According to a recent article in MarketWatch, Mexico is now considered the biggest U.S. importer. In the first six months of 2023, U.S. imports from Mexico totaled $239 billion, compared to $219 billion with China and $214 billion with Canada, government figures show. The shift to Mexico as the primary source of imports is unlikely to reverse course.
So, how does this impact a company’s decision to colocate their data center operations in Mexico?
Here are a few advantages Mexico offers U.S.-based owners and operators:
- Proximity to the U.S.: Mexico’s geographical closeness to the United States significantly reduces shipping times and costs compared to Asia. For data centers, which require substantial hardware components, proximity can translate into cost savings and logistical efficiency.
- Trade Agreements: The legacy of NAFTA and its successor, the United States-Mexico-Canada Agreement (USMCA), has fortified trade relations and established Mexico as one of the top trading partners with the U.S., creating a favorable environment for American companies to operate in Mexico.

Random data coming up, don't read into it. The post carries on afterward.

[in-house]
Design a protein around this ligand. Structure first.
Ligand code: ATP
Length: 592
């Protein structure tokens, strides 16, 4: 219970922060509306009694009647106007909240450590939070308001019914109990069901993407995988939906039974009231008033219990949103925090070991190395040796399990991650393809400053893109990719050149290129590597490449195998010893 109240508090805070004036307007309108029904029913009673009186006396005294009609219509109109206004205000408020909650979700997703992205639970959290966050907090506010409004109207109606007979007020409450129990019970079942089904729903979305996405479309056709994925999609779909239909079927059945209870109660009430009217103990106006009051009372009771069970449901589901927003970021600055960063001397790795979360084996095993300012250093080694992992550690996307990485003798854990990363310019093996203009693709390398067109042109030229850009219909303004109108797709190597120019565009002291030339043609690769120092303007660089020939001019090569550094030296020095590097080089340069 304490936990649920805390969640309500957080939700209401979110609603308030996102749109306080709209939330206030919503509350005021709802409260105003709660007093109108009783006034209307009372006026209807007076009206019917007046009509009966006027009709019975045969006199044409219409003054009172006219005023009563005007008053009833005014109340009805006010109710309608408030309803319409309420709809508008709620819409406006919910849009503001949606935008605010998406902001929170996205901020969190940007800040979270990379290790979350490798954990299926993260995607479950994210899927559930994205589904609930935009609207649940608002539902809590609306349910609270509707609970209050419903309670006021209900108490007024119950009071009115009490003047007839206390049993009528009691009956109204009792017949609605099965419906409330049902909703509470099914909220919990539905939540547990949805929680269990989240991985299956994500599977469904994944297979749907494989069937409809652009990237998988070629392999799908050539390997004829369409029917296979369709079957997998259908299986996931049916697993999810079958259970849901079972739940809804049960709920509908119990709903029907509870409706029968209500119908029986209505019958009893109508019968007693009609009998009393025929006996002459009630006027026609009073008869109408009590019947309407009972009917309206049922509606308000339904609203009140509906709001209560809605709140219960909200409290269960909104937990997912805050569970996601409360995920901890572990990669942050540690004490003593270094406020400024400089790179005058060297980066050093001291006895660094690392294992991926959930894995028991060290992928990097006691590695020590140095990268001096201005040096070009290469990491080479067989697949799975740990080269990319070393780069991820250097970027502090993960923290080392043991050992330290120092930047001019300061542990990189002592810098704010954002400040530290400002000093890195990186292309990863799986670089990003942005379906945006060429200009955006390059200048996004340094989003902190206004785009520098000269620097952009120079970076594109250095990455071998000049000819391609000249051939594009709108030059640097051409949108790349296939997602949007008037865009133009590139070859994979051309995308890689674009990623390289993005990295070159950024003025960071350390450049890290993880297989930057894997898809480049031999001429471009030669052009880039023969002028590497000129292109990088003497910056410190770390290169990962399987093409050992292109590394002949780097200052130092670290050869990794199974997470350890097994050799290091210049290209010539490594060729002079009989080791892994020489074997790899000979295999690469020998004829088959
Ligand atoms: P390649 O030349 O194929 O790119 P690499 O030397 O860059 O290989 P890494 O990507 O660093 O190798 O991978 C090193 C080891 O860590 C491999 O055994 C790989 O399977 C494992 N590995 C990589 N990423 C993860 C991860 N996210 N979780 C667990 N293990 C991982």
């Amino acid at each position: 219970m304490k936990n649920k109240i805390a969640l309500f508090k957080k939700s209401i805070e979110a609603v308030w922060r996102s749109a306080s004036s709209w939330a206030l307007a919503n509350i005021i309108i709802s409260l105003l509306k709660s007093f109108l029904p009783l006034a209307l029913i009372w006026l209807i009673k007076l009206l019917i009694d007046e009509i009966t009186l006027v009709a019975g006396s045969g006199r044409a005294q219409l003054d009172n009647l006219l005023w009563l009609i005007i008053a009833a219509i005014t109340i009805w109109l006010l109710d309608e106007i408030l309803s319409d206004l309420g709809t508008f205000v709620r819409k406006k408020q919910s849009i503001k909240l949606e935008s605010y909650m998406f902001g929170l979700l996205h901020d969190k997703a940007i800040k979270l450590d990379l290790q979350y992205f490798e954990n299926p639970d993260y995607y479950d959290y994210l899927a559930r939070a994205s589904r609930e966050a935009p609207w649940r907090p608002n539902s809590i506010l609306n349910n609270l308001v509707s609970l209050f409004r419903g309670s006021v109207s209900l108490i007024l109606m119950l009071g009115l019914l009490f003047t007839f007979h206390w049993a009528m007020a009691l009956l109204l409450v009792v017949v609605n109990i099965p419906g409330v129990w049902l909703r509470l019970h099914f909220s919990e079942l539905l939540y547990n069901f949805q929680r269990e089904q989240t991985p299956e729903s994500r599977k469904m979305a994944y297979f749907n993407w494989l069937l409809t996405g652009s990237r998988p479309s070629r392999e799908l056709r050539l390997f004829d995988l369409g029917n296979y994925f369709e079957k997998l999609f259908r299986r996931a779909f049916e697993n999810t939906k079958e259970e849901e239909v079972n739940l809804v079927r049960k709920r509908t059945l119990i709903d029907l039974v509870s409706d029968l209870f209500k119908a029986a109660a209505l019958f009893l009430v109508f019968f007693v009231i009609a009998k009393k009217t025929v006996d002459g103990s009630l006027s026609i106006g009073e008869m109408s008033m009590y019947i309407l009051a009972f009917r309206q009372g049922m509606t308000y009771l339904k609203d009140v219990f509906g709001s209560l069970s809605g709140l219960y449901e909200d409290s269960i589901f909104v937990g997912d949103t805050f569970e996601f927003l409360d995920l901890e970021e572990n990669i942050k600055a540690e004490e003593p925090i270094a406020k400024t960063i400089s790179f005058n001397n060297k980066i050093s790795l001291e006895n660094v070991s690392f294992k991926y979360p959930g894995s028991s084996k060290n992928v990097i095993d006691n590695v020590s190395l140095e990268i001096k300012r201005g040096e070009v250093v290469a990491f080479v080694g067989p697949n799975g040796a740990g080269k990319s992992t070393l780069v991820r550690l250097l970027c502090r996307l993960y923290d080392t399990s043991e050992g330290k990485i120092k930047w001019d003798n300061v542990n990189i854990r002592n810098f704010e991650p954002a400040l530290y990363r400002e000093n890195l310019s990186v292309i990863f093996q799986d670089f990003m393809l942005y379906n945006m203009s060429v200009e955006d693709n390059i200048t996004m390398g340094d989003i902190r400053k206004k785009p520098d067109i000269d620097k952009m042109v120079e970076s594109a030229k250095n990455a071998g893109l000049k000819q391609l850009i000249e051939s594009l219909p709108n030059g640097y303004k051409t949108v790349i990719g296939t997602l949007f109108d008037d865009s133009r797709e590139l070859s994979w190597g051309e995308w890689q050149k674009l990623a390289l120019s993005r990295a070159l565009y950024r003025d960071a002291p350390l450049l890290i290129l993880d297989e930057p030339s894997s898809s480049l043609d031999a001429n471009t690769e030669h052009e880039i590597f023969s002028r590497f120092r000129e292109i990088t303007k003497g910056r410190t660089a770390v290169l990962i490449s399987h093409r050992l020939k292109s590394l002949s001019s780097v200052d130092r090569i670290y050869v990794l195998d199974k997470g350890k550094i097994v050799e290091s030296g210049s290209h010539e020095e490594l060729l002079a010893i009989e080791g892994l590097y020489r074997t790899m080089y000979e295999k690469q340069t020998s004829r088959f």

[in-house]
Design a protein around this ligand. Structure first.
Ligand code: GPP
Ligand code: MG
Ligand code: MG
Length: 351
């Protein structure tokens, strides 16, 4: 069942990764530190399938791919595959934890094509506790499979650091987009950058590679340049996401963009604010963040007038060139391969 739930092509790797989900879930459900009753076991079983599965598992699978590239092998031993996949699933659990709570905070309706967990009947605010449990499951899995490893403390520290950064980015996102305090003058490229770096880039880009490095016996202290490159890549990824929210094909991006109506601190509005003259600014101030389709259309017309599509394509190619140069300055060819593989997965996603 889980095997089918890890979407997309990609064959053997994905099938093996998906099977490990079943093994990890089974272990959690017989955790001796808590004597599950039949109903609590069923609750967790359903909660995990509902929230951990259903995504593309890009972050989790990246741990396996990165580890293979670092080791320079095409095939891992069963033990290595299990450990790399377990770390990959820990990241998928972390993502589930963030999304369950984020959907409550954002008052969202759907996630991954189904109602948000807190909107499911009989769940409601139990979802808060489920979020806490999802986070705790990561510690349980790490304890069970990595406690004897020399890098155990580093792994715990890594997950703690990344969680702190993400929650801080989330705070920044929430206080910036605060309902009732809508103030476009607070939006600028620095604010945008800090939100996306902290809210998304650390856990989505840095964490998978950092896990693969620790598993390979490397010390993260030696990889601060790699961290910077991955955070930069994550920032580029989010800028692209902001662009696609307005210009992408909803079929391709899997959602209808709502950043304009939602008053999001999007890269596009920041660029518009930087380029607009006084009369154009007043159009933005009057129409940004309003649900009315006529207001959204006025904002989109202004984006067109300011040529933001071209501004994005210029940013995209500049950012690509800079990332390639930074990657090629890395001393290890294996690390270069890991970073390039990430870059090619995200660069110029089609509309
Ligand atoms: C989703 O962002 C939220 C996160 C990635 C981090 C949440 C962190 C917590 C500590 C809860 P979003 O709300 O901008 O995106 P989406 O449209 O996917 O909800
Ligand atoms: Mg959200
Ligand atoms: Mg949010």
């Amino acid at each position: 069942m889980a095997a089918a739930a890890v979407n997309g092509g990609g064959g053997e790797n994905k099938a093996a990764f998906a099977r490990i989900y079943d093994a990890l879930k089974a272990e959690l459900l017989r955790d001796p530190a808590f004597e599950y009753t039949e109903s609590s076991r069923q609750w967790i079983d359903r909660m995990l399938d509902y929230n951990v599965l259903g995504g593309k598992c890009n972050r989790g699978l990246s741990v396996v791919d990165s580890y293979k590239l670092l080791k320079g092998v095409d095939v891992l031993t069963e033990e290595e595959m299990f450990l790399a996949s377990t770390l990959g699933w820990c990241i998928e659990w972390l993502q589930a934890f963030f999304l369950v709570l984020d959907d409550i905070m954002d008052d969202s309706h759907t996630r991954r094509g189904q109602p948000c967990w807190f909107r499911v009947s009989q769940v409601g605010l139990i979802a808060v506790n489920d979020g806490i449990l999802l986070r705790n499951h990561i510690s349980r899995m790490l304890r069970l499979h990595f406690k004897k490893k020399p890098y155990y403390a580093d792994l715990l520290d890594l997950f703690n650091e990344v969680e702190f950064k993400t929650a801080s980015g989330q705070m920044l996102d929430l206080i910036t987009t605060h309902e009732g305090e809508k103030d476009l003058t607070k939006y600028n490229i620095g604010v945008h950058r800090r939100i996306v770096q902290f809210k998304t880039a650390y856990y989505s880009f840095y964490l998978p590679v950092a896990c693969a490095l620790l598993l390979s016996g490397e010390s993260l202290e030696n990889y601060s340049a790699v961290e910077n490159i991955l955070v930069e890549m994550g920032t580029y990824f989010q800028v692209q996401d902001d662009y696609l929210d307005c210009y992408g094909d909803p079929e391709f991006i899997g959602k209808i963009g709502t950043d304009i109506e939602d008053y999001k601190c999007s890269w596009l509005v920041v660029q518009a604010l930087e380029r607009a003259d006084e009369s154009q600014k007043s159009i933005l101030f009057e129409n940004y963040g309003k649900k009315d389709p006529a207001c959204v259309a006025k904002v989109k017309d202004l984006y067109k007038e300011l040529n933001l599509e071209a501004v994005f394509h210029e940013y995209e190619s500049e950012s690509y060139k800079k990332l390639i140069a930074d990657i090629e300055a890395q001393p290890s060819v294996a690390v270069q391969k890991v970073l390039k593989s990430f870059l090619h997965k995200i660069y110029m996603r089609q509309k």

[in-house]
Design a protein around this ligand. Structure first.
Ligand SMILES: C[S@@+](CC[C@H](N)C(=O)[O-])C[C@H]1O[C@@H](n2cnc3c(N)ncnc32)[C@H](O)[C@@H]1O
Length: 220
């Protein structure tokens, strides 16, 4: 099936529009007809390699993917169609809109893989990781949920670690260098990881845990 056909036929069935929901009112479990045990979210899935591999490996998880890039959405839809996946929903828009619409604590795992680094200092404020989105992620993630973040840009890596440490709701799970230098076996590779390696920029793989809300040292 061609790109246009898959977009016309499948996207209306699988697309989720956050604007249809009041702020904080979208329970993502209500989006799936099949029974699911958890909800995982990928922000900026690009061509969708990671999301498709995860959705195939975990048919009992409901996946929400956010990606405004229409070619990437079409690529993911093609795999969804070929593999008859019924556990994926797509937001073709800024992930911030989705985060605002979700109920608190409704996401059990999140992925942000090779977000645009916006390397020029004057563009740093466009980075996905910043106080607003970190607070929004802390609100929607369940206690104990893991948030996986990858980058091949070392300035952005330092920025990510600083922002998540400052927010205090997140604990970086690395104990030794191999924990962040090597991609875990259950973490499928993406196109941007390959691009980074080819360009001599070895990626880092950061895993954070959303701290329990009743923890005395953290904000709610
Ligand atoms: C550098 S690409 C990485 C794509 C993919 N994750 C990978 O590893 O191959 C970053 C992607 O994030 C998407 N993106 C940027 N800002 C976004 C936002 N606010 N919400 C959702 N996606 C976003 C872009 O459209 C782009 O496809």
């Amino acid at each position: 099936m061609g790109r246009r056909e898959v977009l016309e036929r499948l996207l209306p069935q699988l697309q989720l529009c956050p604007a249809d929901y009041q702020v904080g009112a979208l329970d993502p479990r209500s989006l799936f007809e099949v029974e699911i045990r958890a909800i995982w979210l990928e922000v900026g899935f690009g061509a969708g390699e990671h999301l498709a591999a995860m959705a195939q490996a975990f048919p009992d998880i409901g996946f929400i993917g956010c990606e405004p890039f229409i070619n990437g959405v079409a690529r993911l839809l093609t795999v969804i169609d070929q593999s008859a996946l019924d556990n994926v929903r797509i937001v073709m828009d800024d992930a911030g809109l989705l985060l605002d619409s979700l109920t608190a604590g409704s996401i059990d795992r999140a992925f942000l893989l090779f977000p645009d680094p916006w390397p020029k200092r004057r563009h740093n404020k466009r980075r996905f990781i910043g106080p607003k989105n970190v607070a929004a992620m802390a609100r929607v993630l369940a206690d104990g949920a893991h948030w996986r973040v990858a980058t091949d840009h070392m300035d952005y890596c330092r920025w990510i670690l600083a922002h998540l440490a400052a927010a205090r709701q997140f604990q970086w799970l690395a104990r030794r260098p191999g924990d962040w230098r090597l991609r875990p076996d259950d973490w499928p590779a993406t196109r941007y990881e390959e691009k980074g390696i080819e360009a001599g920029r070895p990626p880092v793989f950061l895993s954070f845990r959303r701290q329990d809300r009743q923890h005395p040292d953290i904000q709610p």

- Economic Stability: As Mexico becomes the biggest trading partner of the U.S., the economic stability that comes from a robust trading relationship can provide a secure environment for data center investments.
- Diversification: The move by companies to diversify their supply chains towards countries like Mexico can also apply to services. Establishing data centers in Mexico allows companies to spread their operational risk.
- Export Capabilities: The balance of trade between the U.S. and Mexico i could mean a more sustainable and mutually beneficial relationship, an important consideration for long-term infrastructure investments like data centers.
- Skilled Workforce: Mexico has been investing in education and has a growing pool of skilled workers in technology and engineering, which is essential for running data center operations.
Recent trends in global trade have positioned Mexico as a significant player in the international market. The country has experienced a remarkable increase in imports to the U.S., doubling since 2010, and is now set to be the leading supplier of foreign-made goods to the United States. This shift is a direct result of the complex interplay of geopolitical tensions, economic policies, and the global pandemic, which disrupted supply chains and prompted businesses to seek alternatives closer to home.
The Layer 9 data center in Bajio, Mexico promises to provide ample power (96+MW) and space in a secure campus within 3 milliseconds of the Queretaro data center hub. For more information, please contact our team.